All that said, I think your real problem is that you overestimated your maintenance while you weren't trying to lose weight, resulting in the fat gain you've experienced. You really shouldn't have ever been eating much more than 2k calories a day unless you were intending on doing a bulk. Stop listening to personal trainers; I know so many that have no clue what they're talking about. Listen to logic. Not losing weight? Drop the calories, increase the cardio, or stay where you're at. Your choice.
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  #17  
Unread 03-11-2017, 02:21 AM
Ataloss Ataloss is offline
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Quote:
Originally Posted by PhysiologyIsPhun View Post
2100 is way too high for you if you are trying to lose weight unless you have an extremely active job. Like Lyle already said, your maintenance is probably under 2,000. If you want to see any noticeable changes outside of a pound every 2 weeks (which will most likely be masked by water weight anyway), you're going to have to drop your calories to that 1500 mark again and maybe add in some cardio for good measure. I know it is difficult, but try an intermittent fasting approach and a good old EC stack if you find hunger an issue.

All that said, I think your real problem is that you overestimated your maintenance while you weren't trying to lose weight, resulting in the fat gain you've experienced. You really shouldn't have ever been eating much more than 2k calories a day unless you were intending on doing a bulk. Stop listening to personal trainers; I know so many that have no clue what they're talking about. Listen to logic. Not losing weight? Drop the calories, increase the cardio, or stay where you're at. Your choice.
I know the only 2 times i lost weight was when I was on the 1500 calories and cardio.
But everything I have read and seen since says that low calories are bad and most girls you see who are a lot lighter then me are on 2500 or so. Albeit low bodyfat.

Is that the key? Lose the bodyfat on low calories and as I lean up start increasing them slowly as my bodyfat to muscle ratio will be higher therefore be able to burn/use the extra calories?

Thanks.
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  #18  
Unread 03-11-2017, 09:05 AM
holly70 holly70 is offline
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Quote:
Originally Posted by Ataloss View Post

Is that the key? Lose the bodyfat on low calories and as I lean up start increasing them slowly as my bodyfat to muscle ratio will be higher therefore be able to burn/use the extra calories?

Thanks.
Not quite.

A pound of fat needs 2-4 calories a day and a pound of muscle needs 6-10 calories a day for maintenance. So there is a difference, not a giant difference.

So if you lose 10 pounds of fat then in theory you need 20 to 40 less calories a day. And if you replace that 10 pounds of fat with 10 pounds of muscle then you would have a maximum increased maintenance of 80 calories presuming an 8 calorie difference.

Lots of detail here:
http://www.bodyrecomposition.com/fat...equation.html/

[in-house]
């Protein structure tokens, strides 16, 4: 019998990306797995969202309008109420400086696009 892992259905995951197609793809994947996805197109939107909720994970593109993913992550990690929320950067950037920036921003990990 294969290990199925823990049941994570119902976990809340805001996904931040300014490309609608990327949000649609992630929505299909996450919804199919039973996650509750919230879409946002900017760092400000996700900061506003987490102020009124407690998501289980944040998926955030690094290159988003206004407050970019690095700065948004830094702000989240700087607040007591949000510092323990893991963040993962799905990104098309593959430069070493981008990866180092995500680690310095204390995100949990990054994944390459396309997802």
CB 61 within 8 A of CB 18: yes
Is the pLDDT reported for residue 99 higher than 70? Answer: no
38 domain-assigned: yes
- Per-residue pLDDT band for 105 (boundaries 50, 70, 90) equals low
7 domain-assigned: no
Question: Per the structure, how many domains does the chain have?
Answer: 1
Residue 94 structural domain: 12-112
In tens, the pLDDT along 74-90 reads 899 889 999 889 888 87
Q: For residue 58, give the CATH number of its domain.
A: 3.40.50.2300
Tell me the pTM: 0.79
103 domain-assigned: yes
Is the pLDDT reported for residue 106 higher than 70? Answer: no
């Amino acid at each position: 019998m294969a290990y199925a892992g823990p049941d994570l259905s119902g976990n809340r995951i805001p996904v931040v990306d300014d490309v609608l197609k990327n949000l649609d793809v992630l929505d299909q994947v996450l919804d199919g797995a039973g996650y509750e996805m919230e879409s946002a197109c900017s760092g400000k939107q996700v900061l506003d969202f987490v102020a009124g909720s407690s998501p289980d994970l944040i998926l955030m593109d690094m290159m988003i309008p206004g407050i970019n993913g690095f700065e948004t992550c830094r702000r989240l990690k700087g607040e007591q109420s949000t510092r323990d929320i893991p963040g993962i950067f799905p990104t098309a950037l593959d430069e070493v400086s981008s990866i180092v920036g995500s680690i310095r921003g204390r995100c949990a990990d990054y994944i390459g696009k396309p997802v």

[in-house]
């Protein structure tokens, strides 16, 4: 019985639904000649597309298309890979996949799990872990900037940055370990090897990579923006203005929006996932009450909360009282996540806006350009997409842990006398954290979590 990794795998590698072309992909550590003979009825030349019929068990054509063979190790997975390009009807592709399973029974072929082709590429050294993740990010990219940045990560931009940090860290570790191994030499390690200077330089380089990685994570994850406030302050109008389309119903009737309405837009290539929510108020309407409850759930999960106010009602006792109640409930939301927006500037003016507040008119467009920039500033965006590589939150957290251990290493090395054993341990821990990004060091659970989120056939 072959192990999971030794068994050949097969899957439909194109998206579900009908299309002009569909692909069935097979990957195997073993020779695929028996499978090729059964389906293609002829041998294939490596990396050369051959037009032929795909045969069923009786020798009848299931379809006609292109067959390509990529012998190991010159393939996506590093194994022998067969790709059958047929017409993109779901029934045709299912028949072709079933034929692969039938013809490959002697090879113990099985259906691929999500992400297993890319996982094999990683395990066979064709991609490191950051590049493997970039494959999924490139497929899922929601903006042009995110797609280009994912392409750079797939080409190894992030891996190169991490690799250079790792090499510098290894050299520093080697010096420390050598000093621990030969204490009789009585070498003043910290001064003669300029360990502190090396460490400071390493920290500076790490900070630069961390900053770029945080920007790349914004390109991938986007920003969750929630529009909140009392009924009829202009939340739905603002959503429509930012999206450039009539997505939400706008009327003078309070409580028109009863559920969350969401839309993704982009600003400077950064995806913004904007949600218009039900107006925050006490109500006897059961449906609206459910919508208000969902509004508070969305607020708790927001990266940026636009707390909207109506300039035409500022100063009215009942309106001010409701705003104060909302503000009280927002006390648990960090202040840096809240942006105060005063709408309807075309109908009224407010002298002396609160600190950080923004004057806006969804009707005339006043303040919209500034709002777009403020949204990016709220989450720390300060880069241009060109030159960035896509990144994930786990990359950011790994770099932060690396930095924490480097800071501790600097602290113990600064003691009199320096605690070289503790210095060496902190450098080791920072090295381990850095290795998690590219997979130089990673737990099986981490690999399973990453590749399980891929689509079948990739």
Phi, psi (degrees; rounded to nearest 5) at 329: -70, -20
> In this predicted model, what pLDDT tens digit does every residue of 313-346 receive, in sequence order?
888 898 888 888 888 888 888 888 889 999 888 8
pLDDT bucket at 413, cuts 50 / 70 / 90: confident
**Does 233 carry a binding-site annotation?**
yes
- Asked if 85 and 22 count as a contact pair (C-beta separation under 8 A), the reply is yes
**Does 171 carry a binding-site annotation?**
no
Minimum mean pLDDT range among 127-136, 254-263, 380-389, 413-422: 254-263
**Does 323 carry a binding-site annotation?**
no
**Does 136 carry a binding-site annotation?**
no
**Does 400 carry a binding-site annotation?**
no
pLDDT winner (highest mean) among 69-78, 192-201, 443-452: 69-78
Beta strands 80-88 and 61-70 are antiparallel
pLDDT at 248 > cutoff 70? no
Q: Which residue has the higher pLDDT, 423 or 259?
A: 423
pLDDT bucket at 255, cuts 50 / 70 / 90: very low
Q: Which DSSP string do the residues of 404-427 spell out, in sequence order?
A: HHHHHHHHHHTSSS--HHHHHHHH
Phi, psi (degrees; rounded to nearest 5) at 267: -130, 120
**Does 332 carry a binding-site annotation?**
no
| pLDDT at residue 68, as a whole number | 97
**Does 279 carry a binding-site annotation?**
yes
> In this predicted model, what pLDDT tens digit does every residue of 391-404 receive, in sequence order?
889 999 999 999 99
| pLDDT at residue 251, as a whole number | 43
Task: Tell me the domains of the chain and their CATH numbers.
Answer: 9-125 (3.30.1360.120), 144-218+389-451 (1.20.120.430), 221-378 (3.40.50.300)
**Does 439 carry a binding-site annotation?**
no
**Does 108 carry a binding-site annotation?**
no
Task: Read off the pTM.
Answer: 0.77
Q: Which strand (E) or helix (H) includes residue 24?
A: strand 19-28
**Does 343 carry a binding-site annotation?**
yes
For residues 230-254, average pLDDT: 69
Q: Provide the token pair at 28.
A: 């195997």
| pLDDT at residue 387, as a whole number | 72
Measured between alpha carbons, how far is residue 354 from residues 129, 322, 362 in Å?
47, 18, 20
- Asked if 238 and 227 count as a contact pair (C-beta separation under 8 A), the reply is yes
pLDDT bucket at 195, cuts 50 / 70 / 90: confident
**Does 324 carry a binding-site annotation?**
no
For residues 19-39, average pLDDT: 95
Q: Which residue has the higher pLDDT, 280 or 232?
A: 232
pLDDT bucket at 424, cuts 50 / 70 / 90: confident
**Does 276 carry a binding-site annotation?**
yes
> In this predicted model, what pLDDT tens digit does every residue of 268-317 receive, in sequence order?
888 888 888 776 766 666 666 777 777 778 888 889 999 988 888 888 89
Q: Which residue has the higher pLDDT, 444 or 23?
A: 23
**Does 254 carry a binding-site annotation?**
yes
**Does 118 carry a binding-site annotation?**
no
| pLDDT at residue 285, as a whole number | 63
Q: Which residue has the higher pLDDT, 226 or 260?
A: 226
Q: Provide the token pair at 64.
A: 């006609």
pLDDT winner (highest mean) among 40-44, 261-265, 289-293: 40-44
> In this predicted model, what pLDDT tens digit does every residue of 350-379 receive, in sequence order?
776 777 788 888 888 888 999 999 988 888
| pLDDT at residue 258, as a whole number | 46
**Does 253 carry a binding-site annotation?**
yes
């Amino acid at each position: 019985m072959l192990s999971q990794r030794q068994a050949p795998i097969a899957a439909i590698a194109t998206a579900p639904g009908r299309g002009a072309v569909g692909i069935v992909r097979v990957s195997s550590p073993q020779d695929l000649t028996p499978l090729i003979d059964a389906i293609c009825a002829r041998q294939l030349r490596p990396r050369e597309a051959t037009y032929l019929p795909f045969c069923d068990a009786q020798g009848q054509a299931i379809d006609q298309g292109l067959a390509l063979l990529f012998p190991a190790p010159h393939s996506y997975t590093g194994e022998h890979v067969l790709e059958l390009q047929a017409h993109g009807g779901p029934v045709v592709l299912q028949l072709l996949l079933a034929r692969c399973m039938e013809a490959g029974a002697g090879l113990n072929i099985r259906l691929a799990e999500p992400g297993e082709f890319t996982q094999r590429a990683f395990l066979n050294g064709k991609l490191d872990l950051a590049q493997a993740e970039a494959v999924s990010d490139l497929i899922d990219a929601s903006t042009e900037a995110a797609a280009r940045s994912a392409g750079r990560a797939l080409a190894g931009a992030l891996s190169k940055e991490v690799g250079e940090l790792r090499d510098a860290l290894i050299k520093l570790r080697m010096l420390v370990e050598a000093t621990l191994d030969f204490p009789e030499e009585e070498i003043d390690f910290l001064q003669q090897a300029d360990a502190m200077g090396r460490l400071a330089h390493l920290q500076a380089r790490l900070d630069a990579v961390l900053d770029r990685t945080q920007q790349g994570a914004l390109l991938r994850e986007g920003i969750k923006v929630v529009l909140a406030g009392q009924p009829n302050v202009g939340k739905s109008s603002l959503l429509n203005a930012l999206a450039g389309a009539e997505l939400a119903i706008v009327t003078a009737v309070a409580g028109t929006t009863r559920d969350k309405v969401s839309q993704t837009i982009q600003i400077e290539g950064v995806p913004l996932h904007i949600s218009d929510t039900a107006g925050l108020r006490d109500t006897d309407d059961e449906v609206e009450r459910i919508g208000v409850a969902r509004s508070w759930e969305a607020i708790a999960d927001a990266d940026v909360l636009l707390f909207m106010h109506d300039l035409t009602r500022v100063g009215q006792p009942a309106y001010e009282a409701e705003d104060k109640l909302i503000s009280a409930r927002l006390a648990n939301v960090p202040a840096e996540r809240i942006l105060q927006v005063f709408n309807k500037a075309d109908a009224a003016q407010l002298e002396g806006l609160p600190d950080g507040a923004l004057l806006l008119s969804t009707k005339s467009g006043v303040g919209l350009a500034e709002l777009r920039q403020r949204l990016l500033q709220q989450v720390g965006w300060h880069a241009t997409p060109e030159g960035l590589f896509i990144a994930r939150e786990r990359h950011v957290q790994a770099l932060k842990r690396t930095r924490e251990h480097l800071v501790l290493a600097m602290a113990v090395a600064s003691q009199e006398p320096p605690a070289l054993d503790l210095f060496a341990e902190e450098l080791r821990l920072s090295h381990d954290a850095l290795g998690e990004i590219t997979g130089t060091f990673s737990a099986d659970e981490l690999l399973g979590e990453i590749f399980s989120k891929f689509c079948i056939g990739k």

I can plug my weight in to a TDEE calculator as 145-150 and get around 1600. If I use my goal weight (136) then it is closer to 1500. Yay.

Here are a few if you want to try them. Some seem to skew lower and some higher. Still have to track your IRL results though:

https://tdeecalculator.net/

https://mytdee.com/
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  #19  
Unread 03-11-2017, 11:10 AM
Raquel130 Raquel130 is offline
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Quote:
Originally Posted by Ataloss View Post
I hate cardio Per se.

I would much rather do heavy carries, sled drags etc at the end of my workout.

I stopped the cardio as I was advised at the time and have been advised since as it is not ideal when reverse dieting.

I have since last week started doing cardio.

And am on 2100 calories at 40/40/20

PS: I love lifting weights, I cannot give that up aa for me that is the GYM.
Like @Physiology said, you got bad advice from your trainer. By your previous post, you were training hard and losing weight just fine. You then got lethargic at some point and the trainer said stop cardio and eat more. Maybe all you needed was to take a break or reduce your exercise volume or rest more often or eat more carbs. Instead, you gained weight in the name of "reverse dieting".

Also, I didn't mean give up lifting and do cardio instead. Just to add to it or modify whatever you're doing so that you burn more calories since your intake is high and you need a deficit.
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  #20  
Unread 03-11-2017, 11:36 AM
PhysiologyIsPhun PhysiologyIsPhun is offline
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It comes down to activity level. You could weigh 120 lbs but if your job requires you to lift light loads or walk 30k steps in a day, you're going to have a much higher maintenance. What kind of job do you have? If it's a desk job, you can try incorporating more activity by getting up and walking a couple hundred steps every 20 minutes or something. Or try a treadmill desk. Or just take an hour walk every day. Not all cardio has to be running. If you're going to have a desk job and not do any cardio though, you can still lose weight, but the sacrifice is you won't be able to eat much. Thus is the laws of thermodynamics.